Thursday, February 23, 2017

Book Review: Against Empathy

Against Empathy: The Case for Rational Compassion
Paul Bloom
Psychology, philosophy

I think of myself as being not particularly empathic. I suspect that's a big reason why I don't enjoy mainstream literary fiction; I just don't care about the travails of ordinary people in ordinary situations. In consequence, I'm predisposed to like a book a title like this.

Surprise: I liked it. Against Empathy is, as you'd expect, thought-provoking. It raises important questions. Bloom's argument, in a nutshell, is that empathy is an emotion; that, like all emotions, it's subjective; that it misleads us as often as not; and that reasoned kindness is better than instinctive kindness. The empathic response of a KKK member, for example, is to favor a white over a black person. Even for those of us in the non-white-sheet-wearing-classes, empathy warps our decision making; that's why we don't do much to stop things like genocides in Rwanda and famines in Sudan.

On the other hand, I'm not convinced that Against Empathy is as strong or as well-thought-out as Paul Bloom thinks it is. First, he spends too much time qualifying his alleged position. Second, some of his arguments are, shall we say, open to refutation.

To begin with, to make his argument Bloom has to make a very precise definition of what he means by "empathy". He's talking, specifically, about the feeling that something that's happening to someone else is happening to you. If you cringe and whimper when someone else describes his painful root canal, that's Bloomian empathy.

Bloom argues for the distinction by separating empathy from sympathy and/or compassion. If a small child is terrified of the sound of thunder (he would say), I am not myself terrified--I do not feel empathy--but that doesn't mean I can't be sympathetic.

As a person with a scientific background, I applaud the desire to define terms exactly. This particular hair, however, is being split exceedingly finely. Maybe I'm not afraid of the thunder, but that doesn't mean I've never been irrationally terrified of something. The echo of that fear is what I feel, and it's that echo that brings me to feel compassion. The difference--arguably, at least--is of degree rather than of kind.

Then there's the imprecision in Bloom's term "rational compassion." A truly rational person would not be compassionate. To act in a genuinely compassionate manner is to do something that is against your own self-interest. This is never rational. The motivations that Bloom cites for behavior that he admires are, again, just watered-down versions of the empathy he's arguing against.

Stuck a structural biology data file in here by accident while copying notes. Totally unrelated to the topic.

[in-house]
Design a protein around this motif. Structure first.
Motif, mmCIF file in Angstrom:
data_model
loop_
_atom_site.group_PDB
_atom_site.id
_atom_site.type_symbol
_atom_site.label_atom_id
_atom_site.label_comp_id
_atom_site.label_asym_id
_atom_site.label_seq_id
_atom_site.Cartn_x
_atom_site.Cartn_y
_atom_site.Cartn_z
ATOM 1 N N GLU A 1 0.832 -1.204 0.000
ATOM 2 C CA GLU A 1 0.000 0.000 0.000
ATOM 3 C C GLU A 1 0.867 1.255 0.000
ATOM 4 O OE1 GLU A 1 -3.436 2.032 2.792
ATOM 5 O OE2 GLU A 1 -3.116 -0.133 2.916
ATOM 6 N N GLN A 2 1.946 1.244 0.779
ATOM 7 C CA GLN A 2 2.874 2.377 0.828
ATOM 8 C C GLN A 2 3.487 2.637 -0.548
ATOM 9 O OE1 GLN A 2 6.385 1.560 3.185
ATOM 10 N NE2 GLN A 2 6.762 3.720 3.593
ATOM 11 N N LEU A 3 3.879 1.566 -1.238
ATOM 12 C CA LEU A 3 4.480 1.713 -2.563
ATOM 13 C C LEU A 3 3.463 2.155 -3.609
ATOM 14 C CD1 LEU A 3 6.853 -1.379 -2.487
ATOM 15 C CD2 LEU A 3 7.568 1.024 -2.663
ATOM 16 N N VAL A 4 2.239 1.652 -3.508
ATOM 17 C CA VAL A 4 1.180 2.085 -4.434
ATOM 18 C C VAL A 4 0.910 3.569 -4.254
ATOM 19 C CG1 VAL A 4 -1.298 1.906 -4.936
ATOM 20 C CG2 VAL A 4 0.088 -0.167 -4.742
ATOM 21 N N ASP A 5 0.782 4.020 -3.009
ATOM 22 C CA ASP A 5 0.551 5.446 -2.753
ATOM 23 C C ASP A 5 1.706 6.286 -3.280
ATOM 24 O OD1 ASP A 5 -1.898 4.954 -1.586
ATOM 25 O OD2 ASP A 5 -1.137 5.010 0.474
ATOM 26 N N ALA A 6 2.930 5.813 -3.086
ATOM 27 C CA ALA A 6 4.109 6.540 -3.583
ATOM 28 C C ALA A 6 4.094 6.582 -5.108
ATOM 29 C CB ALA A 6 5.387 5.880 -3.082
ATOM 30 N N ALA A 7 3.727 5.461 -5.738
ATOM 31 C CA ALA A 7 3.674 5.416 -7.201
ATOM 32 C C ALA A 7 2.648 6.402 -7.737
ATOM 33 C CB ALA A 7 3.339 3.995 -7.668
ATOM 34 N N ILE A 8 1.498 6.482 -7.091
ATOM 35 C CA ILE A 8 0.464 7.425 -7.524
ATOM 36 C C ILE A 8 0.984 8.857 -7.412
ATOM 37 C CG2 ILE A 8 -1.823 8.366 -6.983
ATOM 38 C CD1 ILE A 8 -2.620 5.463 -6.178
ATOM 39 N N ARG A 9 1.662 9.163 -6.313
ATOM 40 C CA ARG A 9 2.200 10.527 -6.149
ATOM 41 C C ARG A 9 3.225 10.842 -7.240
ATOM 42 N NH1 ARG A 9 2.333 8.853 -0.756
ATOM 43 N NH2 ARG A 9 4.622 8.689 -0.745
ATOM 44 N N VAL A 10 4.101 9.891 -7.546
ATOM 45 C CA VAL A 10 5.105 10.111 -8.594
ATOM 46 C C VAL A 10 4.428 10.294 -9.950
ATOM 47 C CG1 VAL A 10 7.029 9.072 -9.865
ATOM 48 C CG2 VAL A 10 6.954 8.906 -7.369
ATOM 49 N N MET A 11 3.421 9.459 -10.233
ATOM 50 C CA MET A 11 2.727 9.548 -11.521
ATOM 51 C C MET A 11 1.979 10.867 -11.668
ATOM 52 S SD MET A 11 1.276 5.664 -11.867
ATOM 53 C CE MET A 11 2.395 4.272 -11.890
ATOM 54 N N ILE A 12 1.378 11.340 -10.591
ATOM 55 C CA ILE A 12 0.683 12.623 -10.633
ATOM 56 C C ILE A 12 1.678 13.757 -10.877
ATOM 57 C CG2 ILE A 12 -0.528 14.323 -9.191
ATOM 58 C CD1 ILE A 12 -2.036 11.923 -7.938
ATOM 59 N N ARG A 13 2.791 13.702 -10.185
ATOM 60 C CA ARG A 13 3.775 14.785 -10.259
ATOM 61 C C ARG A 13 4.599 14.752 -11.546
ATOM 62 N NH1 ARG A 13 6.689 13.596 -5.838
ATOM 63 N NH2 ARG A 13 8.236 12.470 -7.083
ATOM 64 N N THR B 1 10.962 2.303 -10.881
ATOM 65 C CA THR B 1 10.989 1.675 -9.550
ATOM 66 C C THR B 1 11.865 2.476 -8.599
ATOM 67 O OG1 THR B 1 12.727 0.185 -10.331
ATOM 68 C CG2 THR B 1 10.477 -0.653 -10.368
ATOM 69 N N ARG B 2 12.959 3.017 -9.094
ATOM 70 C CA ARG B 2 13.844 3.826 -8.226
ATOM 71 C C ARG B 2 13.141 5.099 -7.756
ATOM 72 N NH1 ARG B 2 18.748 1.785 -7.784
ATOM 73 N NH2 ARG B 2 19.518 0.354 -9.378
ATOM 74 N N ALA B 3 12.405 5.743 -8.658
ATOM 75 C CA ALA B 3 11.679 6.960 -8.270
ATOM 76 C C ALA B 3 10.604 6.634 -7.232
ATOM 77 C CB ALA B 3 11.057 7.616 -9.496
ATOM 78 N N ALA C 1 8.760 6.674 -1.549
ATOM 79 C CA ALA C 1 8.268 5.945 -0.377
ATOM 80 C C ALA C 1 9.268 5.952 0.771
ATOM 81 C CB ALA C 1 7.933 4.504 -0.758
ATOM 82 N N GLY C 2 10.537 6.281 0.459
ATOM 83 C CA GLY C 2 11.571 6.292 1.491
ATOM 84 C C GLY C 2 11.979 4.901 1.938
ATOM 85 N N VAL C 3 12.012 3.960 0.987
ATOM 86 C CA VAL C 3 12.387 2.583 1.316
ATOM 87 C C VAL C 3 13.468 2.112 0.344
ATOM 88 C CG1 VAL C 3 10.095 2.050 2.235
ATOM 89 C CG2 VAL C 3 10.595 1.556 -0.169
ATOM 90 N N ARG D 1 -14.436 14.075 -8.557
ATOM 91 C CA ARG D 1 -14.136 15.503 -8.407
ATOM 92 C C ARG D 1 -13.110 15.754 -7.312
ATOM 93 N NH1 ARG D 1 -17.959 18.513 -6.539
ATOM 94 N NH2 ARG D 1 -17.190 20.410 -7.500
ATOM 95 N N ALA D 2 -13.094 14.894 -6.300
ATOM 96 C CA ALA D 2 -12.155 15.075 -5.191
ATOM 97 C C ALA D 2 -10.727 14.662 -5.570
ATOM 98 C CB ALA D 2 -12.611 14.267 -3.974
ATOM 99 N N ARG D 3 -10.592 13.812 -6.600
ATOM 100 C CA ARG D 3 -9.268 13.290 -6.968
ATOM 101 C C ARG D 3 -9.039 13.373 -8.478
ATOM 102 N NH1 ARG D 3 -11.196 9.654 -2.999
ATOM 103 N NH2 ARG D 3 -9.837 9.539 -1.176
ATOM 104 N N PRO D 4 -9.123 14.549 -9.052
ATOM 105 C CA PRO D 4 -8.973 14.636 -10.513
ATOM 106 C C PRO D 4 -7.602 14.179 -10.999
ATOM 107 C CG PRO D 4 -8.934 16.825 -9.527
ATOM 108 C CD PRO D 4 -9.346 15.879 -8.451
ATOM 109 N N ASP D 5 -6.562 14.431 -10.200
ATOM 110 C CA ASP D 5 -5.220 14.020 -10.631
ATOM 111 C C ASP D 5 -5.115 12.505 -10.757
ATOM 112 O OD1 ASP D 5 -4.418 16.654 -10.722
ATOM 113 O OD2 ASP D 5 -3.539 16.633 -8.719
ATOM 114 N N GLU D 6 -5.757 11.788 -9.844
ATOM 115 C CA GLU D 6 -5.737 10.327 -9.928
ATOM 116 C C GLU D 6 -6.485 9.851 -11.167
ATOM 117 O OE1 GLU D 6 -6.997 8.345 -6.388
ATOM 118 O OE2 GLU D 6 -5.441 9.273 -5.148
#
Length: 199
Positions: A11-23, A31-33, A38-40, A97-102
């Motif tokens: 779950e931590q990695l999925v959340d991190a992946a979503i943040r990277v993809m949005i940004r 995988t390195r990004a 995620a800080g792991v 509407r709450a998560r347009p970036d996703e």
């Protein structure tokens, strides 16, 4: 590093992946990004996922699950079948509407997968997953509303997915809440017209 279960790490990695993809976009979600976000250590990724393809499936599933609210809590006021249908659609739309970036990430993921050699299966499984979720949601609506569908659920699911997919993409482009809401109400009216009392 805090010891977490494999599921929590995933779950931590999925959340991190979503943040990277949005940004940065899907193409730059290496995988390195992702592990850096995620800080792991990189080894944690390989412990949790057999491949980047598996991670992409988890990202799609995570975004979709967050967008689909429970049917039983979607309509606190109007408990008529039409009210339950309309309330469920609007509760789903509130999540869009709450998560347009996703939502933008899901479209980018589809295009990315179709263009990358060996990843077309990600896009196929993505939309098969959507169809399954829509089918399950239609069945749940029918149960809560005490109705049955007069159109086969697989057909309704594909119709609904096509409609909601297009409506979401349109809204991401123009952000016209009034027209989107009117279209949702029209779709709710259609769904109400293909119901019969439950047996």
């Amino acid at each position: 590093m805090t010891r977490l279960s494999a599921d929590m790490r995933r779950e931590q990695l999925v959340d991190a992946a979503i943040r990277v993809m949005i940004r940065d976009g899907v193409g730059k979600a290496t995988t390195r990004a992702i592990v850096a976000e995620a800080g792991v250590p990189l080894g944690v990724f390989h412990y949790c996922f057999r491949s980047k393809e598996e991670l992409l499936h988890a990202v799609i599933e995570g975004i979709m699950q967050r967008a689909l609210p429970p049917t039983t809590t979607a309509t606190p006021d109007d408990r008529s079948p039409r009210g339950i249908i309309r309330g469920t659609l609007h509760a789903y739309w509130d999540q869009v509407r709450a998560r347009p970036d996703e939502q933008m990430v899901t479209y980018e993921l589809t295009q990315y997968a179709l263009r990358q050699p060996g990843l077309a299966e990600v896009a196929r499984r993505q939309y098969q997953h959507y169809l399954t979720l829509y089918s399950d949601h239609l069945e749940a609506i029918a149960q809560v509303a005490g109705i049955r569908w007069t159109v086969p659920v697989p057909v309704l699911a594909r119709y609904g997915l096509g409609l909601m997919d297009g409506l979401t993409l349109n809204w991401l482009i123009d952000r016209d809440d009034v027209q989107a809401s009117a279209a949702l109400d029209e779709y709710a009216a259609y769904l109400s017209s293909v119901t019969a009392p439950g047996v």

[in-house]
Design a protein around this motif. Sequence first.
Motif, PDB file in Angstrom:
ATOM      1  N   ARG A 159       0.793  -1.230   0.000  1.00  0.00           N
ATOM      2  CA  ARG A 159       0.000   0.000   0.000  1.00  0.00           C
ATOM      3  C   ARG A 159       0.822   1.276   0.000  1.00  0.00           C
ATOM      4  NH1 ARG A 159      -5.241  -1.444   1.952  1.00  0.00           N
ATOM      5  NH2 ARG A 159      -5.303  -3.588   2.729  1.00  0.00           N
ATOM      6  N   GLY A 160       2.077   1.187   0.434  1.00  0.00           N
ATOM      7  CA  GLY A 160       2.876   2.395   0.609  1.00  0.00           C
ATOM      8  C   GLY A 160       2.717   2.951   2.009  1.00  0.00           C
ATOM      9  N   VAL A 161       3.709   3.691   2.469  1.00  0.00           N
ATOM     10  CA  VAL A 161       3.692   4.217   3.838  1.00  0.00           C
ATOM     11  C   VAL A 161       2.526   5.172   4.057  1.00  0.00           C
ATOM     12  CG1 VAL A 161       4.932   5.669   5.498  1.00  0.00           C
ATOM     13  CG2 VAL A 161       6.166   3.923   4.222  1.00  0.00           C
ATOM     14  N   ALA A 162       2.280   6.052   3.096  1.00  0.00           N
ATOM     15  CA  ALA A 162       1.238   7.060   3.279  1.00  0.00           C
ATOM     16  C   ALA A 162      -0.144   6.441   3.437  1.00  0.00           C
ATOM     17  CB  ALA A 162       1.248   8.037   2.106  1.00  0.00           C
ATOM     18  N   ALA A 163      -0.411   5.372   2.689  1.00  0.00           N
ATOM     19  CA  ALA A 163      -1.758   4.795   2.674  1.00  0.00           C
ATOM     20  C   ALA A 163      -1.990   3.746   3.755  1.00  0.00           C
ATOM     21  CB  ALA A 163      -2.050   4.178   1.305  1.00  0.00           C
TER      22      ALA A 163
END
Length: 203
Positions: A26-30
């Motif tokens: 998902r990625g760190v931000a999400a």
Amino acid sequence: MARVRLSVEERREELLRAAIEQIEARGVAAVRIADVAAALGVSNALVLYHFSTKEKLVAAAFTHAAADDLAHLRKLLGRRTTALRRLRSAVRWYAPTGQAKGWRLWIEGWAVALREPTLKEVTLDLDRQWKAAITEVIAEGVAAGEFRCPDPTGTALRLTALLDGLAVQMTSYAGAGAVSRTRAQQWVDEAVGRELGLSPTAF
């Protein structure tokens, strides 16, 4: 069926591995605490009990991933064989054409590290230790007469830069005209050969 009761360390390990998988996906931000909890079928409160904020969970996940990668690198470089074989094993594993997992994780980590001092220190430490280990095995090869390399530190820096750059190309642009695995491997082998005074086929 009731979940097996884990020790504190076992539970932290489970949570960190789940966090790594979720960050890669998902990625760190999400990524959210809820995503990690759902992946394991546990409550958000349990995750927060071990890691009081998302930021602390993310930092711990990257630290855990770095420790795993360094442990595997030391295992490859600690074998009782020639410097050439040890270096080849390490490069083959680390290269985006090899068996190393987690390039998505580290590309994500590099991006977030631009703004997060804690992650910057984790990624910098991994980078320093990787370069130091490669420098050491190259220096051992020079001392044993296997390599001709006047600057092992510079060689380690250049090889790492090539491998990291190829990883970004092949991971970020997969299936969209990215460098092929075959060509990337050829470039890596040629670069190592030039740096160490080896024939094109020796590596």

Finally, there's a double standard going on here. Bloom makes both of these arguments

  • Empathy is something that we humans don't do well. We shouldn't rely on it.
  • Reasoning is something that we humans don't do well. We should strive to do it better.
I'll give Bloom credit for at least recognizing the problem. His final chapter tries to get to grips with it--by, among other things, arguing that our cognitive biases are neither as fixed nor as strong as they've been represented to be. The marvel, he asserts, is that we can think straight if we choose make the effort--and that when it comes to moral issues we must make the effort.

OK. Only . . . why bother? I'm the very last person to cast doubt on the merits of rationalism, but there's nothing that's obviously privileged about moral issues when it comes to thinking clearly. To assert that it's especially important that we overcome our innate illogic in the case of moral and ethical decisions is simply to say that Paul Bloom has emotively assigned a high value to moral and ethical decisions. I have to suppose that that's because he feels that these decisions are especially important (as, to be fair, I feel as well). You see where this is going, don't you?

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  1. Pretty sure I see. You need empathy to even want to use reason to want to be rationally compassionate. This kind of brings us back to our Lechter vs. Alda discussion. You could argue that compassion is by its nature not rational.

    I would argue that people need more empathy rather than less. And then follow that up with reason. WIthout empathy, we continue to think in terms of us vs. them. The "other" isn't like us, doesn't have our values. So we can choose to think of "them" as less than. That's how you get hate groups, wars, Trump rallies.

    1. I do argue that compassion by its nature is not rational.

      Paul Bloom would disagree with your more-empathy-rather-than-less argument. He'd say (I think) that empathy is like anger, or any other strong emotion. It's useful in its place. It exists for a reason. A wise person wouldn't eliminate it--but a wise person would also not put it in the driver's seat and let it take over the decision process.

    2. Interesting, I wouldn't call empathy an emotion at all, much less a strong one. Instead, I'd call it simply the _capability_ to imagine the "other" as like yourself. From there can come strong emotions, but it isn't one in itself.

    3. And here is where we enter one of Bloom's definitional quibbles. He's talking very specifically about empathy as the I-feel-your-pain reaction. I bang my finger with a hammer, you wince and cringe: that's Bloomian empathy. What you're describing he would label as "cognitive empathy" or "sympathy".

      I don't say that his distinction isn't valuable. It lets us discuss with more precision whether emotive empathy is a reliable guide to action (no). But it's a fine distinction, and one that I think ultimately doesn't fully account for empathy as a continuum of reactions.